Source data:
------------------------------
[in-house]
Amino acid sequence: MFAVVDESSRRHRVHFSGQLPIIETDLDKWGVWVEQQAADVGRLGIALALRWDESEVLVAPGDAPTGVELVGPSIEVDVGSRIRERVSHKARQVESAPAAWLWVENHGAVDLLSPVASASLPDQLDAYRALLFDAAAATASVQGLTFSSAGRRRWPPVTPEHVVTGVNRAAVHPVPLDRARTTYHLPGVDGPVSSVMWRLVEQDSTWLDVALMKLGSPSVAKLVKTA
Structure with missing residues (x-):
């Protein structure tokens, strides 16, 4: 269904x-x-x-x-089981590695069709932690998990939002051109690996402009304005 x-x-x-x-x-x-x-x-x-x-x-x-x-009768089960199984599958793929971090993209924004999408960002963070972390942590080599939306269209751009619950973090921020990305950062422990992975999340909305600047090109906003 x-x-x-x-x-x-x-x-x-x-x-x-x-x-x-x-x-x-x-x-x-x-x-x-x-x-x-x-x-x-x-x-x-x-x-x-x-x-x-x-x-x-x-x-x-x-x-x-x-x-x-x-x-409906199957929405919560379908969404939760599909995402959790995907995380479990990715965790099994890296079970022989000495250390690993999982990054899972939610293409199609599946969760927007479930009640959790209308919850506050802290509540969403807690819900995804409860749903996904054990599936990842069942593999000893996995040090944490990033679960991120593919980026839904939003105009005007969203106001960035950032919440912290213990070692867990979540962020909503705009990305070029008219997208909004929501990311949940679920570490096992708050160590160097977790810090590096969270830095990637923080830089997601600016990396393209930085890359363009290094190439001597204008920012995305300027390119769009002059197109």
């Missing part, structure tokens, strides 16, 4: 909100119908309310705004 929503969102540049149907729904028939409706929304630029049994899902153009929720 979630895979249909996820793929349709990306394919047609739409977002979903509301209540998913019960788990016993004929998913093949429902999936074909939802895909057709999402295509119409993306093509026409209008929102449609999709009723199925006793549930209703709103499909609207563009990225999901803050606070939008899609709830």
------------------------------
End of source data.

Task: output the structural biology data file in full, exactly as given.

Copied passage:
[in-house]
Amino acid sequence: MFAVVDESSRRHRVHFSGQLPIIETDLDKWGVWVEQQAADVGRLGIALALRWDESEVLVAPGDAPTGVELVGPSIEVDVGSRIRERVSHKARQVESAPAAWLWVENHGAVDLLSPVASASLPDQLDAYRALLFDAAAATASVQGLTFSSAGRRRWPPVTPEHVVTGVNRAAVHPVPLDRARTTYHLPGVDGPVSSVMWRLVEQDSTWLDVALMKLGSPSVAKLVKTA
Structure with missing residues (x-):
């Protein structure tokens, strides 16, 4: 269904x-x-x-x-089981590695069709932690998990939002051109690996402009304005 x-x-x-x-x-x-x-x-x-x-x-x-x-009768089960199984599958793929971090993209924004999408960002963070972390942590080599939306269209751009619950973090921020990305950062422990992975999340909305600047090109906003 x-x-x-x-x-x-x-x-x-x-x-x-x-x-x-x-x-x-x-x-x-x-x-x-x-x-x-x-x-x-x-x-x-x-x-x-x-x-x-x-x-x-x-x-x-x-x-x-x-x-x-x-x-409906199957929405919560379908969404939760599909995402959790995907995380479990990715965790099994890296079970022989000495250390690993999982990054899972939610293409199609599946969760927007479930009640959790209308919850506050802290509540969403807690819900995804409860749903996904054990599936990842069942593999000893996995040090944490990033679960991120593919980026839904939003105009005007969203106001960035950032919440912290213990070692867990979540962020909503705009990305070029008219997208909004929501990311949940679920570490096992708050160590160097977790810090590096969270830095990637923080830089997601600016990396393209930085890359363009290094190439001597204008920012995305300027390119769009002059197109």
């Missing part, structure tokens, strides 16, 4: 909100119908309310705004 929503969102540049149907729904028939409706929304630029049994899902153009929720 979630895979249909996820793929349709990306394919047609739409977002979903509301209540998913019960788990016993004929998913093949429902999936074909939802895909057709999402295509119409993306093509026409209008929102449609999709009723199925006793549930209703709103499909609207563009990225999901803050606070939008899609709830």